Rex Clementine in Galle Fort

England made Sri Lanka pay a heavy price for their reckless batting by posting a commanding 320 in their first innings at stumps on a rain curtailed second day, the tourists already have a lead of 185 with six wickets in hand. Sri Lanka need lot of catching up to do and it is going to be real hard work for them to save the game.

The home team batsmen were casual in their approach as most of them were in T-20 mood and England captain Joe Root gave them a good example of how to consolidate and put pressure back on the bowlers.

Root very cleverly rotated the strike and used the sweep shot to good effect forcing the bowlers to alter their lengths. He survived a couple of close reviews and went onto dominate the bowling.

A couple of England batsmen have left an indelible mark while playing spin bowling in Sri Lanka and names such as Kevin Pietersesn (2012) and Graham Thorpe (2001) come to mind. Root will join that elite club given the ease with which he played the three spinners.

The Yorkshireman playing his 98th Test reached his 18th hundred and the third against Sri Lanka with a single off Dilruwan Perera to short fine leg. His 168 not out is now the highest score by an Englishman in Sri Lanka with the previous best being Pietersen’s 151 at P. Sara Oval.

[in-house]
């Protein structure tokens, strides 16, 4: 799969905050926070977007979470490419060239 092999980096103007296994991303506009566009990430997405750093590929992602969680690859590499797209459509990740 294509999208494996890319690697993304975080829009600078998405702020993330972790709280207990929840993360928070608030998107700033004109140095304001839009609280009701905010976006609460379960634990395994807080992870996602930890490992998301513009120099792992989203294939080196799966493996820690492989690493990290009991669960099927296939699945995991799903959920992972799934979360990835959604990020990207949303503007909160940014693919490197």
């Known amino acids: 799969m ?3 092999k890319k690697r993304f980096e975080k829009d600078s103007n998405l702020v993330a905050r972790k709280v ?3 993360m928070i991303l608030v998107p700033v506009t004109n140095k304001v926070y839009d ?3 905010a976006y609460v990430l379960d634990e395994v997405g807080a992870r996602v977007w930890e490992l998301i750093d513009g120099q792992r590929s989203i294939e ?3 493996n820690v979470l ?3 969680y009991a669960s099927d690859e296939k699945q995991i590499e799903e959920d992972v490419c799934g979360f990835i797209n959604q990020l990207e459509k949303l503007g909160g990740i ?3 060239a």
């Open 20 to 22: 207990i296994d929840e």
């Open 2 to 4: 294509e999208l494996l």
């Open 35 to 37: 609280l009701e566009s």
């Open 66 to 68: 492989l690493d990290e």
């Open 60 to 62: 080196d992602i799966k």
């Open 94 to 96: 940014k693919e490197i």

Root faced 254 balls for his 168 not out and hit 12 fours. The hallmark of his knock was the patience he showed applying himself to settle in. As the day progressed there were loose balls now and there and the batsman was quick to pounce on them.

Daniel Lawrence on debut was dropped three times and eventually his luck ran out on 73 when Kusal Mendis took the catch at forward short leg.

Left-arm spinner Lasith Embuldeniya finished with three wickets but Wanindu Hasaranga from whom much was expected was a disappointment. The leg-spinner gave away too many bad balls. Playing at his home ground, the former Richmond College player was expected to have an impact but Hasaranga was the least effective bowler.

There will be an early start today with play getting underway at 9:45 am. A total of 98 overs are scheduled to be bowled but there’s also prediction for rain after lunch.

 

Brief Scores:

Sri Lanka 135

(Dinesh Chandimal 28, Angelo Mathews 27; Dom Bess 5-30, Stuart Broad 3-20) trail England 320/4 (Joe Root 168*, Dan Lawrence 73; Lasith Embuldeniya 3-131) by 185 runs.